SPECTRUM

Chemical Fact Sheet

Chemical Abstract Number (CAS #) 100754
CASRN 100-75-4
SynonymsN-Nitrosopiperidine
Piperidine, 1-Nitroso-
Pyridine, hexahydro-N-nitroso-
Analytical Method EPA Method 8270
Molecular FormulaC5H10N2O

Link to the National Library of Medicine's Hazardous Substances
Database for more details on this compound.

Use N-Nitroso compounds are produced primarily as research chemicals and not for commercial purposes. N-Nitroso compounds
Apparent Color YELLOW OIL; Pale yellow
Boiling Point 217 DEG C @ 721 MM HG
Molecular Weight 114.15
Density 1.0631 @ 18.5 DEG C/4 DEG C
Environmental Impact N-nitrosopiperidine may form in natural ecosystems and food as a result of nitrosation of piperidine in the presence of nitrite. If released to soil, N-nitrosopiperidine (NPIP) is not likely to hydrolyze but leaching should be a significant removal process. In samples of amended and unamended sandy loam, 33-50% degradation of NPIP was observed after 30 days. If released to water, NPIP is not likely to hydrolyze or oxidize. Photolysis could potentially be a significant degradation mechanism because NPIP absorbs UV light greater than 290 nm (sunlight). Bioconcentration in aquatic organisms and adsorption to suspended solids or sediments should not be significant. If released to the atmosphere, NPIP in the vapor phase is predicted to react with photochemically generated hydroxyl radicals with an estimated half-life of 3.47 days at 25 deg C. Direct photolysis of particulate or vapor phase NPIP could potentially be an important degradation mechanism. Removal from the atmosphere by wet deposition may also occur. Exposure may result from ingestion of food, particularly processed meats, bacon, and cheeses, contaminated with NPIP or inhalation of cigarette smoke containing this compound.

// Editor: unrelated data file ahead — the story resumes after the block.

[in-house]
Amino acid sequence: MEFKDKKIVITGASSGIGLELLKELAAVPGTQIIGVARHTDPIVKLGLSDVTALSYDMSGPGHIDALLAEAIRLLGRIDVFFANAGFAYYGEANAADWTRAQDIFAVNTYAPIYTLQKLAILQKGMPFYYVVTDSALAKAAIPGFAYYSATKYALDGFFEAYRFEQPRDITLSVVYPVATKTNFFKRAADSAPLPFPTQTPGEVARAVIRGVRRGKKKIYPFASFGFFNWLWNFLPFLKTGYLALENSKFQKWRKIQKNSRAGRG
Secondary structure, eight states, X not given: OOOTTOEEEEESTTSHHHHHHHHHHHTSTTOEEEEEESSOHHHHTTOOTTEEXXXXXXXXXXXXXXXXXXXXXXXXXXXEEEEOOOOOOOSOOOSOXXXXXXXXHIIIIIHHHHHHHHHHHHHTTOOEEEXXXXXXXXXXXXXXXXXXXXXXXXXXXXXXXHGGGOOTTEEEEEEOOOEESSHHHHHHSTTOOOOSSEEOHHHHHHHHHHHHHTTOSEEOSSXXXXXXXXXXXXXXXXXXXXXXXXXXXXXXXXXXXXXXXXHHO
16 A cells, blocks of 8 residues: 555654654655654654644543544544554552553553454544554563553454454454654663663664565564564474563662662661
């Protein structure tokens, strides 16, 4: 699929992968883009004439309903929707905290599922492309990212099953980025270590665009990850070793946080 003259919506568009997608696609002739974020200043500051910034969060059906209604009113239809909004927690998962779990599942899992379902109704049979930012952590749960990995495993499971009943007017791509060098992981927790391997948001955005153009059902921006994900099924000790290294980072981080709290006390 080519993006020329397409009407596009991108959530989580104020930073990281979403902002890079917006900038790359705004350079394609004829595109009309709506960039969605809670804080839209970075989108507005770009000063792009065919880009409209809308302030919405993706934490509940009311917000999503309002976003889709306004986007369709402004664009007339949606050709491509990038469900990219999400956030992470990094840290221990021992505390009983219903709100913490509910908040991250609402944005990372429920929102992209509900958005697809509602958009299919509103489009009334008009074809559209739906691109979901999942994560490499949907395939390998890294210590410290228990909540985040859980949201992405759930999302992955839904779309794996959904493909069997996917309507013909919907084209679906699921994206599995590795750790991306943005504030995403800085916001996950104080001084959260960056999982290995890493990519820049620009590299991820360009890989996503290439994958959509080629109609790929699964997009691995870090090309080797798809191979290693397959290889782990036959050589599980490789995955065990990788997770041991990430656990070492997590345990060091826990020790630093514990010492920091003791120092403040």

Environmental Fate TERRESTRIAL FATE: If released to soil, N-nitrosopiperidine (NPIP) is not likely to hydrolyze but leaching through soil should be a significant removal process. 33% degradation of NPIP was observed in unamended sandy loam spiked with 25 ug NPIP N/g soil and incubated for 30 days in the dark at 30 deg C. Under the same conditions, 50% degradation of NPIP was observed in soil amended with wheat straw . AQUATIC FATE: If released to water, N-nitrosopiperidine (NPIP) is not likely to hydrolyze or oxidize by reaction with singlet oxygen or alkyl peroxyl radicals. Photolysis could potentially be an important degradation mechanism due to ultraviolet absorption maximum. Bioconcentration in aquatic organisms and adsorption to suspended solids or sediments are not expected to be significant transport processes. ATMOSPHERIC FATE: If released to the atmosphere, vapor phase N-nitrosopiperidine(NPIP) is predicted to react with photochemically generated hydroxyl radicals with an estimated half-life of 3.47 days at 25 deg C. Photolysis of particulate or vapor phase NPIP could potentially be an important degradation mechanism. Based on the estimated complete water solubility of NPIP, removal from the atmosphere by wet deposition may occur. EFFL: Trace levels (<0.6 ppb) of N-nitrosopiperidine (NPIP) were detected in municipal sludge from Boston and Galveston . Levels of 0.03 ug/l NPIP were reported to be found in waste water from 1 of 19 chemical factories .

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